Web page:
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Obama and our not-so-humble opinions

 
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Miss the good old days?

When, that is, we had a president who refused to allow the United States to participate in the U.N.’s Durban Review Conference because he believed Israel would be unfairly criticized.

A president who rejected the Goldstone report and refused to participate in joint military exercises with Turkey when Ankara insisted Israel be excluded.

A president who asked Congress to approve a $205 million package to help Israel build a new anti-missile defense system.

A president who spoke up on Israel’s behalf to help it gain acceptance into the Organization for Economic Cooperation and Development.

A president who didn’t shy from authorizing the killing of an American-born radical Muslim cleric hiding in Yemen.

A president who, in a speech delivered in the heart of the Arab world, told his listeners that they need to recognize the legitimacy of a Jewish state.

A president who, addressing the U.N. General Assembly, stated clearly and unequivocally that “Israel is a sovereign state and the historic homeland of the Jewish people” and went on to say that “It should be clear to all that efforts to chip away at Israel’s legitimacy will only be met by the unshakeable opposition of the U.S.”

A president who, on the domestic front, signed an executive order that preserved the faith-based social service funding initiative and pointedly did not forbid participating religious groups from discriminating in hiring in order to be faithful to their religious beliefs.

Well, take heart. The good old days are more recent than you think. You have that president. His name is Barack Obama.

No, I didn’t vote for him in 2008. I’m a lifelong Republican, an alumnus, in fact, of Young Americans for Freedom. (I was once young.)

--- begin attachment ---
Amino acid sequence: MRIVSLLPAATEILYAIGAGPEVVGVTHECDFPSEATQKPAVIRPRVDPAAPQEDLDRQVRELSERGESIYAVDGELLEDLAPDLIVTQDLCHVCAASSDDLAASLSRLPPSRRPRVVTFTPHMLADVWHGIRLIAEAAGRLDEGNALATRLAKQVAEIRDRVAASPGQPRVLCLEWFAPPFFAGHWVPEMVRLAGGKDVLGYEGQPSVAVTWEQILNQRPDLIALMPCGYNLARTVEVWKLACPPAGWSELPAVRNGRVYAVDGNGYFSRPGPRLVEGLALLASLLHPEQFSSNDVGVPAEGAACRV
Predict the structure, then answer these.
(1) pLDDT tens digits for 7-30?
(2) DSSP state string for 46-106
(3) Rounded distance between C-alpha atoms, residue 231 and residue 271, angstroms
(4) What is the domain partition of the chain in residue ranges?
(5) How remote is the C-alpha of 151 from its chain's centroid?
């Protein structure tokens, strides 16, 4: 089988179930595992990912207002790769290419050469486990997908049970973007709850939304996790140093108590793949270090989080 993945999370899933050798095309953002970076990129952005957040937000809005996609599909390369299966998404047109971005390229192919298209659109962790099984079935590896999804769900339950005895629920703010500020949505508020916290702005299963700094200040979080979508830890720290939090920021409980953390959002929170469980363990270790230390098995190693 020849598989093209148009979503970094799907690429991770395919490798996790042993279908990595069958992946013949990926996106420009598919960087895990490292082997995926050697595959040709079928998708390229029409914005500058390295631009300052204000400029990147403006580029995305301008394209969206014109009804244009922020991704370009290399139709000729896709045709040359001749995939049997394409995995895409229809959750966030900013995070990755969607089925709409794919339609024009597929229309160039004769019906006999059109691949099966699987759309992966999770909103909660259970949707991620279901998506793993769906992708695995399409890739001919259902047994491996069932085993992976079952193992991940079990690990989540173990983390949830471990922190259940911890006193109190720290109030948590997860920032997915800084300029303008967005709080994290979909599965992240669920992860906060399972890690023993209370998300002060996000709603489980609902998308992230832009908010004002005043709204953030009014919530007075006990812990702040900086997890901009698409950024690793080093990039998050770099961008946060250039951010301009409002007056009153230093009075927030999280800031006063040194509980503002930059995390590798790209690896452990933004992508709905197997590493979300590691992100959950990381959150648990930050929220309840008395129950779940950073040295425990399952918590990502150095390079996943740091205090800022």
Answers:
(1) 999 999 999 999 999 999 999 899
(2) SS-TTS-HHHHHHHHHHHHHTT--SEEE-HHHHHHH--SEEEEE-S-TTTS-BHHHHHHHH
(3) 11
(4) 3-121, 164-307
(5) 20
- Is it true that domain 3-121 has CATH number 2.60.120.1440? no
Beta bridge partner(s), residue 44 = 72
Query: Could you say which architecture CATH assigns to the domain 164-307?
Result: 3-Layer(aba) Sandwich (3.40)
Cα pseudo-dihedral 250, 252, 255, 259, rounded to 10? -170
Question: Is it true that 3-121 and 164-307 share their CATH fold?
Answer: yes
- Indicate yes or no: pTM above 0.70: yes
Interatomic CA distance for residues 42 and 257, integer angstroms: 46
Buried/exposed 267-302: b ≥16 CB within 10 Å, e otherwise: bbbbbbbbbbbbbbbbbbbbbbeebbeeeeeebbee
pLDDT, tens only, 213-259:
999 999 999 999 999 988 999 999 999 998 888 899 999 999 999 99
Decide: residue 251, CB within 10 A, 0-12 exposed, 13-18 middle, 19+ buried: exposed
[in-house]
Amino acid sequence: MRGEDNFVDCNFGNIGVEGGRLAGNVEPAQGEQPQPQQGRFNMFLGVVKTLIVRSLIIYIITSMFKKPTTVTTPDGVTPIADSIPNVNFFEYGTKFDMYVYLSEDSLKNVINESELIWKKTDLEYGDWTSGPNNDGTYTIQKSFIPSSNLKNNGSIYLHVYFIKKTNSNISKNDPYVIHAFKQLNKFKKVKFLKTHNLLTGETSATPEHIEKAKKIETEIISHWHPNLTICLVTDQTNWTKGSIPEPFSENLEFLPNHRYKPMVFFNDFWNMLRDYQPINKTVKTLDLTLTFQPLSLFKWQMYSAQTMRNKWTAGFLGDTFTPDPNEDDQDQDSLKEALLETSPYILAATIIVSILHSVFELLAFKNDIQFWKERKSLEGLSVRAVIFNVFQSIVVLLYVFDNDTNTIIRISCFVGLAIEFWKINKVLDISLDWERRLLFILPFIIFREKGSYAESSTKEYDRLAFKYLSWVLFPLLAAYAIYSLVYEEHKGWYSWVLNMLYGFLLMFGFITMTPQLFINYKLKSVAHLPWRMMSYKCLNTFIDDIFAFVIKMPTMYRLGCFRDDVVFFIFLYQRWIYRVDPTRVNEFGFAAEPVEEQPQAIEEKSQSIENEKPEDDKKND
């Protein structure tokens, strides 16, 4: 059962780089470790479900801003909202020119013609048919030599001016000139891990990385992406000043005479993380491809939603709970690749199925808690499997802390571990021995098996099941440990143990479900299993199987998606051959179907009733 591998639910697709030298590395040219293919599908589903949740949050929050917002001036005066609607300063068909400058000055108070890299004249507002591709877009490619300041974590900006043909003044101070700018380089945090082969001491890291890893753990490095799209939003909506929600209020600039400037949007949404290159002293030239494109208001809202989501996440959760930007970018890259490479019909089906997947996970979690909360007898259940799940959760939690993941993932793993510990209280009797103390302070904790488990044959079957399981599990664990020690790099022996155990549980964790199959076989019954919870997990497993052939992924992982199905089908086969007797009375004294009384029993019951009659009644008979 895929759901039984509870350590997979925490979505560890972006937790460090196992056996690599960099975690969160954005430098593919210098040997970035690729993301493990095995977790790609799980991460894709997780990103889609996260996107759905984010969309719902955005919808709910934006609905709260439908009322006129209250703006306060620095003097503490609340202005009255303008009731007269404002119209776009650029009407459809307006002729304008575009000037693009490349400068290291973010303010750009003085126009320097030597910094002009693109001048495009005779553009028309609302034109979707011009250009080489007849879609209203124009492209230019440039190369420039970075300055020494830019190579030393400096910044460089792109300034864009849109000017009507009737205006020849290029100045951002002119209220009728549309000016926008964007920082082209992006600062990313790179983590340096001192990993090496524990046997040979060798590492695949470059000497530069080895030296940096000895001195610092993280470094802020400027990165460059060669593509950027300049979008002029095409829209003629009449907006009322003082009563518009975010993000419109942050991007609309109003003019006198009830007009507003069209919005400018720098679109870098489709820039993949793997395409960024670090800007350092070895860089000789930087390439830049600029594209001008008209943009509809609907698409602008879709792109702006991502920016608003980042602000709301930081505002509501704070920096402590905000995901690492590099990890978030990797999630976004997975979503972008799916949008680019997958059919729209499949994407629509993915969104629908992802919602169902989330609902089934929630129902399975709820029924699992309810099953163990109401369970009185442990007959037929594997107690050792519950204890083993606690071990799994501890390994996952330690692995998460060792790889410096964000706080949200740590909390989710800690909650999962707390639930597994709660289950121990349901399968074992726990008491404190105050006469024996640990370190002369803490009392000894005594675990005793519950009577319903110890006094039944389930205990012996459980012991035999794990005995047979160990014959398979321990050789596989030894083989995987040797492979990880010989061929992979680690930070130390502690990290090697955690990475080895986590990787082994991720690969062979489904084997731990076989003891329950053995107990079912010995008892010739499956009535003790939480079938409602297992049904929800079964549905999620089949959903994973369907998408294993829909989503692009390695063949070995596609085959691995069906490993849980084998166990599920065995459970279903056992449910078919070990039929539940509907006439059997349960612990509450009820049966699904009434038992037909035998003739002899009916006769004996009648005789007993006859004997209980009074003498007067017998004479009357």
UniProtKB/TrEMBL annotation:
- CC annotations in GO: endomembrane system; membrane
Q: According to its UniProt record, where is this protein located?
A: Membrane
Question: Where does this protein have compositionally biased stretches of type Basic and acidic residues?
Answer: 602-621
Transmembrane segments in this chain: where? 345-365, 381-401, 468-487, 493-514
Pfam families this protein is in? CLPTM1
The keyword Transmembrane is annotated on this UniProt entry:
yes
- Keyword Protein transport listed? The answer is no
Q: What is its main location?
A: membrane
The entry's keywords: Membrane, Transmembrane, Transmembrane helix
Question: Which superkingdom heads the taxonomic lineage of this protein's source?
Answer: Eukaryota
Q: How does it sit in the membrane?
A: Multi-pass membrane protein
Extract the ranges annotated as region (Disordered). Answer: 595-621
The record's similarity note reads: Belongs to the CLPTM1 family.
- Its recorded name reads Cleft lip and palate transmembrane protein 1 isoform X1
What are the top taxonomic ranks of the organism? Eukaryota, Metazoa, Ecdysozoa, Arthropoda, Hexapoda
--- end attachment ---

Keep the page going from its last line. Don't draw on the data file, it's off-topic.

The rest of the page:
But it bothers me that Mr. Obama is negatively viewed by so many Orthodox Jews, ostensibly because he treats Israel badly and is hostile to religion.

I have no statistics, only anecdotal evidence and journalistic gleanings, for my feeling that he is so viewed by many intelligent and otherwise well-informed frum folks. But if I’m right and he is, one has to wonder why.

Maybe it’s his fiscal strategy. Economics is an esoteric, inscrutable science to me, something on the order of particle physics. And so it may well be that the president deserves opprobrium by the heapful for his fiscal policies. But those policies are not the major part of the criticism one hears about Mr. Obama “in the mikvah,” so to speak. There he is indicted on charges of insensitivity (or worse) toward Israel or religious Jews.

Surely our community is not so uninformed as to consider Mr. Obama’s middle name, given him at birth, an indictment of his character; or so credulous as to doubt his citizenship; or so crass — one hopes — as to distrust him for a surplus of melanin.

There may well be reasons to feel negatively toward the current administration (certainly many people, and they are hardly limited to our community, do). History will have its say in time. But if any readers were surprised a few paragraphs above to discover that the “good old days” of American support for Israel and concern for religious rights are the here-and-now, they must admit that they were not as well-informed about our president as they thought.

The real problem here, though, isn’t Mr. Obama or our feelings about him. It’s something deeper.

One of the most basic Torah imperatives is modesty. Not only in dress and in speech but in attitude — in recognizing that there are things we don’t know, in some cases can’t know.

And yet so often we seem to feel a need to embrace absolute, take-no-prisoners political opinions; to reject any possibility of ambivalence, much less any admission of ignorance.